As women reach the age of 50, half of them develop small to large uterine fibroids. While some fibroids are asymptomatic and can shrink on their own after menopause, others are large enough to affect a woman’s daily life, especially their menstrual cycles.
At Women’s Healthcare Physicians of Naples, FL, women are encouraged to share their symptoms so that their doctors can perform diagnostic tests to analyze their condition and their suffering. Compassionate care is the cornerstone of this center who understands that most women do not prioritize their needs over their families.
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Fibroids – Causes, symptoms, and treatment
These are benign fibrous growths in the uterine walls and are mostly non-cancerous. You can have single or multiple fibroids in many sizes. Some fibroids are very small and get resolved independently, while others can be melon-sized and need surgical removal.
There are three types of uterine fibroids:
- The most common type is subserosal fibroids that can grow on the surface outside the uterus and can be pedunculated.
- The second common uterine fibroid is the intramural fibroid developing in the uterine muscular wall.
- Lastly, submucosal fibroids are uncommon and can grow inside the uterus in its open space.
While half of the women with fibroids will show no symptoms, others can show the following symptoms in mild to a moderate degree:
- Heavy bleeding during the menstrual cycle is accompanied by pelvic pain.
- The bleeding can even lead to anemia requiring transfusion of blood.
- Frequent urination because the large size of the fibroid puts pressure on the bladder.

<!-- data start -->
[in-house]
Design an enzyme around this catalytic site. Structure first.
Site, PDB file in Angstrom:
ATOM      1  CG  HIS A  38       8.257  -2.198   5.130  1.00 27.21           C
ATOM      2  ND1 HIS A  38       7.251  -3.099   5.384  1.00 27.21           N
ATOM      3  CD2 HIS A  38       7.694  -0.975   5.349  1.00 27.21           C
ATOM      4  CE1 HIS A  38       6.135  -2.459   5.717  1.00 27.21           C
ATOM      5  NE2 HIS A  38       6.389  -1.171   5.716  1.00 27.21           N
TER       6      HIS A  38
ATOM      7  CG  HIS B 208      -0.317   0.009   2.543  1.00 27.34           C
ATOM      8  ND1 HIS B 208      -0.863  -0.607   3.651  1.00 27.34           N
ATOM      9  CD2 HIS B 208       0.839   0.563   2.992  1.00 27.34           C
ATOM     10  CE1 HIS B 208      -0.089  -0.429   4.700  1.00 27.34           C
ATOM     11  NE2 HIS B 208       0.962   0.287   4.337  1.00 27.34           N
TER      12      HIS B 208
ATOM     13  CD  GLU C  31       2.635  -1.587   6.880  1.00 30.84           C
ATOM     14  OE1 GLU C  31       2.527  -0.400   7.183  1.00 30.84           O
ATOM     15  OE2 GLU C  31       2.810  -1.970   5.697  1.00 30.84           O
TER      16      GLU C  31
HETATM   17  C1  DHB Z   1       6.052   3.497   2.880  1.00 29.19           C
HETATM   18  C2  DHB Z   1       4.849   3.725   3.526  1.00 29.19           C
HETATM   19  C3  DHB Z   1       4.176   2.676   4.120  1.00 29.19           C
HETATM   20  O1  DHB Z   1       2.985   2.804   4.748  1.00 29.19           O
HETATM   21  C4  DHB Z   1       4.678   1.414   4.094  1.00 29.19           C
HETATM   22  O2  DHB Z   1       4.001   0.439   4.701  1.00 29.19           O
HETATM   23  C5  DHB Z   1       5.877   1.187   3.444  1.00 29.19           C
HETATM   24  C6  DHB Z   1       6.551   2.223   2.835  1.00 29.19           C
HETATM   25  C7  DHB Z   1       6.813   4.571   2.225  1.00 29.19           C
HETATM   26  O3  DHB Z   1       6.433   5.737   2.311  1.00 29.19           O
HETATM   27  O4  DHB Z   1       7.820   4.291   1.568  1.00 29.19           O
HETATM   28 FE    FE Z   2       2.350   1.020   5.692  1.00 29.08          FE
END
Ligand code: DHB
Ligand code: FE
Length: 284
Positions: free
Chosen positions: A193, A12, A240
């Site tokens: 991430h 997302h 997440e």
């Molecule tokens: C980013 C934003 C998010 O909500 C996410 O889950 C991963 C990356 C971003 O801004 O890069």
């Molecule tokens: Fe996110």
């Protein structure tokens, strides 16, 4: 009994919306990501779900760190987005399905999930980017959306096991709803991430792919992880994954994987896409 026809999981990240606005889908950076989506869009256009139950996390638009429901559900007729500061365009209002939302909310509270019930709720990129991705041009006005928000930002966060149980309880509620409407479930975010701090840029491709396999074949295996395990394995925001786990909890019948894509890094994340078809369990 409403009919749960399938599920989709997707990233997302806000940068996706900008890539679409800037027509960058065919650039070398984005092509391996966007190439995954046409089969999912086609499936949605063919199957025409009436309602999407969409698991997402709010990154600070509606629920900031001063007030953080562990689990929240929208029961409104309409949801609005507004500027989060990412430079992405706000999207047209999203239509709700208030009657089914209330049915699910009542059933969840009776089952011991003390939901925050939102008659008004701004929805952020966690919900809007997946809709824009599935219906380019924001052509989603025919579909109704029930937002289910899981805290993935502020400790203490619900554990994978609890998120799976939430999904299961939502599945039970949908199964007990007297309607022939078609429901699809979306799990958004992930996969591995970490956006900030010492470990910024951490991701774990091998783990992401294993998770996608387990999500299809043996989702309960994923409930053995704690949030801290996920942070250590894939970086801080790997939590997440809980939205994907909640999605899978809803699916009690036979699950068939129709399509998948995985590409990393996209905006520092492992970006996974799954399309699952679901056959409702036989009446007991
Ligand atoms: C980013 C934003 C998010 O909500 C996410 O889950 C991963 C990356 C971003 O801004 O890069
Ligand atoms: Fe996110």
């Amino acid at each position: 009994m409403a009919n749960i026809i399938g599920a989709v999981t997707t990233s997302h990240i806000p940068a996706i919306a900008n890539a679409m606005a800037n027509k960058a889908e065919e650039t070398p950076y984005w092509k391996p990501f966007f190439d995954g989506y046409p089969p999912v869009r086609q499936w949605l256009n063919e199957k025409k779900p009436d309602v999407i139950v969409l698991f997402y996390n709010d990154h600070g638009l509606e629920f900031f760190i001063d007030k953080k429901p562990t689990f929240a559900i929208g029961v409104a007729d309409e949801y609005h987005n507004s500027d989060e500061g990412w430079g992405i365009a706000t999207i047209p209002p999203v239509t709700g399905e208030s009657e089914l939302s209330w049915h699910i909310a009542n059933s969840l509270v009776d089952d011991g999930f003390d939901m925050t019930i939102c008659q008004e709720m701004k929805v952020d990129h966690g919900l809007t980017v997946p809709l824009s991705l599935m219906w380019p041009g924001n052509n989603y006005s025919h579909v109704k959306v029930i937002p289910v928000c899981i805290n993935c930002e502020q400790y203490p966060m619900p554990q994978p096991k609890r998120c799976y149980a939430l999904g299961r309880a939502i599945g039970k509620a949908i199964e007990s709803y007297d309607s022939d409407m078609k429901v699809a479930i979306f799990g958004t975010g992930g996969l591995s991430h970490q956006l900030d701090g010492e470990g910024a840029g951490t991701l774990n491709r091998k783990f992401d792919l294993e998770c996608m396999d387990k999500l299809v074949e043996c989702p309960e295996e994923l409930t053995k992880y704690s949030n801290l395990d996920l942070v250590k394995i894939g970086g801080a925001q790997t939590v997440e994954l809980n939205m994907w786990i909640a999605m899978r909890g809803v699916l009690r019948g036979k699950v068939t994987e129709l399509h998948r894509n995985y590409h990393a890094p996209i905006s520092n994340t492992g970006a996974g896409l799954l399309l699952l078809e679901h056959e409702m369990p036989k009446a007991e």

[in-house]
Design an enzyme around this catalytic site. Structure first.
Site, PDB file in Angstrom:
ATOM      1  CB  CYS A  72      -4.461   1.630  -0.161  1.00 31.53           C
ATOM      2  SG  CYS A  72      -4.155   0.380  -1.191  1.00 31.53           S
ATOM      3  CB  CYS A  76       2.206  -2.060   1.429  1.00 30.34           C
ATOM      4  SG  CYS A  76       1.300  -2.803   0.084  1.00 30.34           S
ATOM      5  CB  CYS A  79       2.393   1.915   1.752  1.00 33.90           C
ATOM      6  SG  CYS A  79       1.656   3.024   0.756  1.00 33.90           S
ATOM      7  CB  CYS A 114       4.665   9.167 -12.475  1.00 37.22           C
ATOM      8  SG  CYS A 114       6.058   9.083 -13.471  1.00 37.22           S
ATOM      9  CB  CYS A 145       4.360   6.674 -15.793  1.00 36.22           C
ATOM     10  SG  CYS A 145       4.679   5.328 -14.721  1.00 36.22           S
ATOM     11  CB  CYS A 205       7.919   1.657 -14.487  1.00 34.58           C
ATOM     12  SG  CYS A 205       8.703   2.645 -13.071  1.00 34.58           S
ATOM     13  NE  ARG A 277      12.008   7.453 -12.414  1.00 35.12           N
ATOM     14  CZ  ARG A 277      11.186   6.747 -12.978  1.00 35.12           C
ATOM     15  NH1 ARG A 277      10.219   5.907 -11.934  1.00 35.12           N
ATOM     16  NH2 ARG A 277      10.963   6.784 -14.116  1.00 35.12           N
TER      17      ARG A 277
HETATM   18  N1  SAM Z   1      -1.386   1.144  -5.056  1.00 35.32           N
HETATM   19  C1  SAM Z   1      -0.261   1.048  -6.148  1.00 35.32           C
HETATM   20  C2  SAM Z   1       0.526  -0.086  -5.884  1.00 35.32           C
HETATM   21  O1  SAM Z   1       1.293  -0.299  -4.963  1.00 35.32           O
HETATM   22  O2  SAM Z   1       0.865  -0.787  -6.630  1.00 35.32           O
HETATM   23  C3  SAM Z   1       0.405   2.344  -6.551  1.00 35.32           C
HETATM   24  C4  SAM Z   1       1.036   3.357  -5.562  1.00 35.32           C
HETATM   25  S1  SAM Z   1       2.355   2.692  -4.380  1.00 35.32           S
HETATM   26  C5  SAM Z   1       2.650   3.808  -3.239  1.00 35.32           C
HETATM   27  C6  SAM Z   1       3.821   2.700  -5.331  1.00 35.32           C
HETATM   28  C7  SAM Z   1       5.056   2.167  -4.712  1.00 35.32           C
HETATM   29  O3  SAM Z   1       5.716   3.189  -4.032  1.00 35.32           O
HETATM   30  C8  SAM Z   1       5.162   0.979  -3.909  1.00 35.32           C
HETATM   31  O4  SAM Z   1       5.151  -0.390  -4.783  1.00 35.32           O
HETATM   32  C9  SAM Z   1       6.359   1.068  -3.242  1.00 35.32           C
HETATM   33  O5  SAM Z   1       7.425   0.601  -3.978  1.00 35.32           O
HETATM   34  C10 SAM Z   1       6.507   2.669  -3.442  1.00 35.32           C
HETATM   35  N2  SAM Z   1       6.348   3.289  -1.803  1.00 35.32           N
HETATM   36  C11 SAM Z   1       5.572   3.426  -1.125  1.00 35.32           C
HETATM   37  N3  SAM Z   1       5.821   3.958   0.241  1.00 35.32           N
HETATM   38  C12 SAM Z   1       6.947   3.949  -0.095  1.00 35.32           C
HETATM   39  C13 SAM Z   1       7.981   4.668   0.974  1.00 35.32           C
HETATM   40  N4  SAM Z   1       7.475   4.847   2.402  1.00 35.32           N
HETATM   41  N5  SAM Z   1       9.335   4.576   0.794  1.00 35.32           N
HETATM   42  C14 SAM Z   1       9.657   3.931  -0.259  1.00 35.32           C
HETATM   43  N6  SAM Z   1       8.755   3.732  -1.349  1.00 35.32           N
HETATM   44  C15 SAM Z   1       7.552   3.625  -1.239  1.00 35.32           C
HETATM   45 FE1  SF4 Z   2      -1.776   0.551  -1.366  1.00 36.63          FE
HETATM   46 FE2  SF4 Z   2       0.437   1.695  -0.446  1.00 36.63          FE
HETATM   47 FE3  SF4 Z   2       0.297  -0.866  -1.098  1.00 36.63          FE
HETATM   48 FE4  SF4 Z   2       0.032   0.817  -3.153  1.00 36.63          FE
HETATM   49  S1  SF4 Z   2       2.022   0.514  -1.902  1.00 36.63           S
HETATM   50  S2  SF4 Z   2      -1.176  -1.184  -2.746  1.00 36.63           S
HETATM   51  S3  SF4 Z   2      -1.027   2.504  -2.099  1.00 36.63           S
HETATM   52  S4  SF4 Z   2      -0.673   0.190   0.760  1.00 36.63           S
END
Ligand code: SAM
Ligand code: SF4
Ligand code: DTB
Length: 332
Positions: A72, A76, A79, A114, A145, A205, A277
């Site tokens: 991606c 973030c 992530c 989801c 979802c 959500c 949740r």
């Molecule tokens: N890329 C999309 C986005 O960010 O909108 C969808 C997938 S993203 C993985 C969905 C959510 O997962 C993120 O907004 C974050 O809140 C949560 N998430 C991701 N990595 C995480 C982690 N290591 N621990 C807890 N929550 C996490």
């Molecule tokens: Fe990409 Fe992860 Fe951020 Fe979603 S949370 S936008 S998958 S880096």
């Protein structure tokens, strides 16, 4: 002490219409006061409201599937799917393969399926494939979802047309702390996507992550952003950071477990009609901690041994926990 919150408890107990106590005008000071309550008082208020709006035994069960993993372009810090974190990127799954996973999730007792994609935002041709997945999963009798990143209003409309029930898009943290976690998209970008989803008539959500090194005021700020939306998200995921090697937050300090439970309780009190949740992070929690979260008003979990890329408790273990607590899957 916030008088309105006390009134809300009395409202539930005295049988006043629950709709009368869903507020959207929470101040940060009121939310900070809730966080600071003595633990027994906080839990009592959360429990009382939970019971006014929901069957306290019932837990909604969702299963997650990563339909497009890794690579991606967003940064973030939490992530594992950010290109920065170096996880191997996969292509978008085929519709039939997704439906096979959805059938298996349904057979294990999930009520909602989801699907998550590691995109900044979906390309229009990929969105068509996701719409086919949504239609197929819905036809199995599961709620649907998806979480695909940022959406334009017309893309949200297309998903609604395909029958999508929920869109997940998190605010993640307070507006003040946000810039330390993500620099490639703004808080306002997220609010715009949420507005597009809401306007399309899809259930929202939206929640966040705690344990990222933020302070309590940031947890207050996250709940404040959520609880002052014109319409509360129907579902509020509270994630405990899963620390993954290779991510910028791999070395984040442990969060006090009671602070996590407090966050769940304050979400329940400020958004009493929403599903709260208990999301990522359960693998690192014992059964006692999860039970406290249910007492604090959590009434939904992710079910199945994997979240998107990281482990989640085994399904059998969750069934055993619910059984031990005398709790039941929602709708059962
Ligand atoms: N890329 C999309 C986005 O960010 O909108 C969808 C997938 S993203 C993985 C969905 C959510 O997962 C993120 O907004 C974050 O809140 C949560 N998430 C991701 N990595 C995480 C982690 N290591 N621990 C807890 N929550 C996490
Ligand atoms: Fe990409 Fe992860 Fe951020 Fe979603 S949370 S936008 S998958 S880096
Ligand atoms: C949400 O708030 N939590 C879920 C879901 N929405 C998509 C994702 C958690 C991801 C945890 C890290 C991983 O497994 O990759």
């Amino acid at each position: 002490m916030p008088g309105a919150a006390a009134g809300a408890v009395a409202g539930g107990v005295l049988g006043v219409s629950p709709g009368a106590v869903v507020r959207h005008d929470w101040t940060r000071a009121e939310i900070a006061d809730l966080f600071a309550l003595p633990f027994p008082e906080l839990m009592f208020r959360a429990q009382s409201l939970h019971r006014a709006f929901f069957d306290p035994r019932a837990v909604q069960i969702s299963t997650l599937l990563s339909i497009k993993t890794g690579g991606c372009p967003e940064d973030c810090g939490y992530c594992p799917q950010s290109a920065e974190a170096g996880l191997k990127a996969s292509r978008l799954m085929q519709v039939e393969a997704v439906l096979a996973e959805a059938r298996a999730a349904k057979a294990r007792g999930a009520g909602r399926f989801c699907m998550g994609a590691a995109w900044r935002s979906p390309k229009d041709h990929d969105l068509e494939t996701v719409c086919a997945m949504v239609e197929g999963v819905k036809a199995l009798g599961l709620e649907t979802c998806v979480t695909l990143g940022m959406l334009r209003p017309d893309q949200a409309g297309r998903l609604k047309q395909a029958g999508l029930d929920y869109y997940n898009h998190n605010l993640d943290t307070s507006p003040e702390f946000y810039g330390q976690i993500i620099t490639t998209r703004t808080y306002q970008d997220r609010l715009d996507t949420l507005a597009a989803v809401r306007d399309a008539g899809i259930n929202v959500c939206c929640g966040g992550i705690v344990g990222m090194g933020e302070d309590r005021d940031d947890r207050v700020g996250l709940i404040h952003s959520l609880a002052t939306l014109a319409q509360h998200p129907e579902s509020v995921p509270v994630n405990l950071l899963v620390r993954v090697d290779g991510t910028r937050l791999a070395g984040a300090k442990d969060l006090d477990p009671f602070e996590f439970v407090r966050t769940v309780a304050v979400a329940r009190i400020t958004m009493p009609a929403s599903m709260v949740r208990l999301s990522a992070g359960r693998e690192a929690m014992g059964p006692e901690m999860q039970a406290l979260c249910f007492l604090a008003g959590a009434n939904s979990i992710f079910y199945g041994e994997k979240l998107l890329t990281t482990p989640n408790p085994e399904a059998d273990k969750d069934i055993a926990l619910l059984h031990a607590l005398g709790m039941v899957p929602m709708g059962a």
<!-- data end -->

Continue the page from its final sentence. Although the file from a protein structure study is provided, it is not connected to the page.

- Chronic constipation.
- Back pain.
- Bloating is a common complaint of women having fibroid growth in their uterus.
- Painful intercourse.
- Bleeding occurs in between the periods.
Fibroids can be diagnosed by physical examination, an abdominal and transvaginal ultrasound, or MRI scans.
Treatment of fibroids depends on several factors like your age, the severity of symptoms, the size of the fibroid growth, and your plans of conceiving.
Most doctors in Naples, FL, follow an observational approach to managing asymptomatic or mildly symptomatic fibroids. Medicines can be given to control the blood flow during your periods.
For large symptomatic fibroids, the following treatment can be provided:
- Iron supplements are given to treat anemia related to blood loss.
- Pain medicine is given to treat pelvic and back pain, especially during periods.
- Birth-control pills or IUDs are often used to control heavy menstrual bleeding.
- For larger fibroids, a myomectomy can be performed to remove the growth from the uterus.
- The embolization procedure can make the fibroids shrink in size.
If none of these treatments provide relief, you can get your uterus removed with a hysterectomy unless you are planning a pregnancy.